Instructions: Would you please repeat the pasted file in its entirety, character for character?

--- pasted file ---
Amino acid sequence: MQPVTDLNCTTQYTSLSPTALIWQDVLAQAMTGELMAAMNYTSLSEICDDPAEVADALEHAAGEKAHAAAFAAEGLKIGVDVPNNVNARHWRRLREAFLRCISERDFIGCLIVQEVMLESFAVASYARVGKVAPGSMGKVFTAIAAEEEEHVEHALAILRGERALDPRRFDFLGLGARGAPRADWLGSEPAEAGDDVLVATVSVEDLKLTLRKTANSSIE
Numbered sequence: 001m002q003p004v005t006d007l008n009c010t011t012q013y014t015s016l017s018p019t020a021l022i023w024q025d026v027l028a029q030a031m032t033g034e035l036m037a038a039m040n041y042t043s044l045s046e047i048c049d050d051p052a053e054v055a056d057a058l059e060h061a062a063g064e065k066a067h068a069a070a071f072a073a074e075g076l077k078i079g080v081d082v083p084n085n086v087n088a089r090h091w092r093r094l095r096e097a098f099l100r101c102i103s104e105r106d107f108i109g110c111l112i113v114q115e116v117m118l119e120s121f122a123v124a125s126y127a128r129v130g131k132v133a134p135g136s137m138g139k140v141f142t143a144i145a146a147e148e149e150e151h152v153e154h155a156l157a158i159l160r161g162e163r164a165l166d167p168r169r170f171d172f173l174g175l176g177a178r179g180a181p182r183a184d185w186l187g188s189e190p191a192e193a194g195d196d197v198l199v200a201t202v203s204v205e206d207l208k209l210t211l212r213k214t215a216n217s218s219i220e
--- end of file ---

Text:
Amino acid sequence: MQPVTDLNCTTQYTSLSPTALIWQDVLAQAMTGELMAAMNYTSLSEICDDPAEVADALEHAAGEKAHAAAFAAEGLKIGVDVPNNVNARHWRRLREAFLRCISERDFIGCLIVQEVMLESFAVASYARVGKVAPGSMGKVFTAIAAEEEEHVEHALAILRGERALDPRRFDFLGLGARGAPRADWLGSEPAEAGDDVLVATVSVEDLKLTLRKTANSSIE
Numbered sequence: 001m002q003p004v005t006d007l008n009c010t011t012q013y014t015s016l017s018p019t020a021l022i023w024q025d026v027l028a029q030a031m032t033g034e035l036m037a038a039m040n041y042t043s044l045s046e047i048c049d050d051p052a053e054v055a056d057a058l059e060h061a062a063g064e065k066a067h068a069a070a071f072a073a074e075g076l077k078i079g080v081d082v083p084n085n086v087n088a089r090h091w092r093r094l095r096e097a098f099l100r101c102i103s104e105r106d107f108i109g110c111l112i113v114q115e116v117m118l119e120s121f122a123v124a125s126y127a128r129v130g131k132v133a134p135g136s137m138g139k140v141f142t143a144i145a146a147e148e149e150e151h152v153e154h155a156l157a158i159l160r161g162e163r164a165l166d167p168r169r170f171d172f173l174g175l176g177a178r179g180a181p182r183a184d185w186l187g188s189e190p191a192e193a194g195d196d197v198l199v200a201t202v203s204v205e206d207l208k209l210t211l212r213k214t215a216n217s218s219i220e